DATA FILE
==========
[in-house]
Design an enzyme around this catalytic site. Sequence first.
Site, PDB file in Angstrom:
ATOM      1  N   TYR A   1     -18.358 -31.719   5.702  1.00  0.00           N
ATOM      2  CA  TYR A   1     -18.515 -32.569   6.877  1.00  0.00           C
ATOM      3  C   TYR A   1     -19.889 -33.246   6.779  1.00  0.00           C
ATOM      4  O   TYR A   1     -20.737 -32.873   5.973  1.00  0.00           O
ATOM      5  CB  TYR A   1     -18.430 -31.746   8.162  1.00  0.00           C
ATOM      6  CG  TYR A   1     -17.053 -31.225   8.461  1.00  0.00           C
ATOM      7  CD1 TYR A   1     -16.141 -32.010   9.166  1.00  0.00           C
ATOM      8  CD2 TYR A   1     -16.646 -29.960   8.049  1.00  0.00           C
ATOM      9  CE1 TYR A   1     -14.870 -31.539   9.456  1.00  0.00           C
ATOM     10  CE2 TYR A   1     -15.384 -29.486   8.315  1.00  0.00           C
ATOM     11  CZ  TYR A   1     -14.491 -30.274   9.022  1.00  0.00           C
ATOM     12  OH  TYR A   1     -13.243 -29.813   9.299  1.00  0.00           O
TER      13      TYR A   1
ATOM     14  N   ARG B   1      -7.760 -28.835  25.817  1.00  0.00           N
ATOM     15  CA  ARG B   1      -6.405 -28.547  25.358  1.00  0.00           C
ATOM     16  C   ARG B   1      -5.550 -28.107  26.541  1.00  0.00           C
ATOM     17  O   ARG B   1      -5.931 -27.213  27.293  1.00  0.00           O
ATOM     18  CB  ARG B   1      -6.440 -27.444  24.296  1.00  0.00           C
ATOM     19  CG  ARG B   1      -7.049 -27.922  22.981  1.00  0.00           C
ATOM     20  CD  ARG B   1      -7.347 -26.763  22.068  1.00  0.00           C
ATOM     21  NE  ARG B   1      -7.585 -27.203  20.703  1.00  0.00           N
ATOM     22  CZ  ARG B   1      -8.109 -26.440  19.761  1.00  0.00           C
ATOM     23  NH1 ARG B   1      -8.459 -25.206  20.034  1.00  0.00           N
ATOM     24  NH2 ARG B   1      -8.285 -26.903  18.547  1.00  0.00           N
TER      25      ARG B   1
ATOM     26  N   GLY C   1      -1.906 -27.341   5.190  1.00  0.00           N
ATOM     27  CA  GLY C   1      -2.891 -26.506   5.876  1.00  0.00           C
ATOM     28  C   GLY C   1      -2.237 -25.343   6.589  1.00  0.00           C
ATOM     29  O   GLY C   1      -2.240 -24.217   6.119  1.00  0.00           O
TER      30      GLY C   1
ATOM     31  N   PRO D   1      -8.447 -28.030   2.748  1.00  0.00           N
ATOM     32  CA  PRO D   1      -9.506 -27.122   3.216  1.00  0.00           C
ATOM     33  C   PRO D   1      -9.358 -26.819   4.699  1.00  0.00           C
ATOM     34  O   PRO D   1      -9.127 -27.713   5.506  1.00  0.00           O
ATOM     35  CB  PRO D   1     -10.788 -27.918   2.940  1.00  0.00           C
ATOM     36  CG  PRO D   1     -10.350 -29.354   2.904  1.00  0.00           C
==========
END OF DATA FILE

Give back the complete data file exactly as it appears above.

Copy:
[in-house]
Design an enzyme around this catalytic site. Sequence first.
Site, PDB file in Angstrom:
ATOM      1  N   TYR A   1     -18.358 -31.719   5.702  1.00  0.00           N
ATOM      2  CA  TYR A   1     -18.515 -32.569   6.877  1.00  0.00           C
ATOM      3  C   TYR A   1     -19.889 -33.246   6.779  1.00  0.00           C
ATOM      4  O   TYR A   1     -20.737 -32.873   5.973  1.00  0.00           O
ATOM      5  CB  TYR A   1     -18.430 -31.746   8.162  1.00  0.00           C
ATOM      6  CG  TYR A   1     -17.053 -31.225   8.461  1.00  0.00           C
ATOM      7  CD1 TYR A   1     -16.141 -32.010   9.166  1.00  0.00           C
ATOM      8  CD2 TYR A   1     -16.646 -29.960   8.049  1.00  0.00           C
ATOM      9  CE1 TYR A   1     -14.870 -31.539   9.456  1.00  0.00           C
ATOM     10  CE2 TYR A   1     -15.384 -29.486   8.315  1.00  0.00           C
ATOM     11  CZ  TYR A   1     -14.491 -30.274   9.022  1.00  0.00           C
ATOM     12  OH  TYR A   1     -13.243 -29.813   9.299  1.00  0.00           O
TER      13      TYR A   1
ATOM     14  N   ARG B   1      -7.760 -28.835  25.817  1.00  0.00           N
ATOM     15  CA  ARG B   1      -6.405 -28.547  25.358  1.00  0.00           C
ATOM     16  C   ARG B   1      -5.550 -28.107  26.541  1.00  0.00           C
ATOM     17  O   ARG B   1      -5.931 -27.213  27.293  1.00  0.00           O
ATOM     18  CB  ARG B   1      -6.440 -27.444  24.296  1.00  0.00           C
ATOM     19  CG  ARG B   1      -7.049 -27.922  22.981  1.00  0.00           C
ATOM     20  CD  ARG B   1      -7.347 -26.763  22.068  1.00  0.00           C
ATOM     21  NE  ARG B   1      -7.585 -27.203  20.703  1.00  0.00           N
ATOM     22  CZ  ARG B   1      -8.109 -26.440  19.761  1.00  0.00           C
ATOM     23  NH1 ARG B   1      -8.459 -25.206  20.034  1.00  0.00           N
ATOM     24  NH2 ARG B   1      -8.285 -26.903  18.547  1.00  0.00           N
TER      25      ARG B   1
ATOM     26  N   GLY C   1      -1.906 -27.341   5.190  1.00  0.00           N
ATOM     27  CA  GLY C   1      -2.891 -26.506   5.876  1.00  0.00           C
ATOM     28  C   GLY C   1      -2.237 -25.343   6.589  1.00  0.00           C
ATOM     29  O   GLY C   1      -2.240 -24.217   6.119  1.00  0.00           O
TER      30      GLY C   1
ATOM     31  N   PRO D   1      -8.447 -28.030   2.748  1.00  0.00           N
ATOM     32  CA  PRO D   1      -9.506 -27.122   3.216  1.00  0.00           C
ATOM     33  C   PRO D   1      -9.358 -26.819   4.699  1.00  0.00           C
ATOM     34  O   PRO D   1      -9.127 -27.713   5.506  1.00  0.00           O
ATOM     35  CB  PRO D   1     -10.788 -27.918   2.940  1.00  0.00           C
ATOM     36  CG  PRO D   1     -10.350 -29.354   2.904  1.00  0.00           C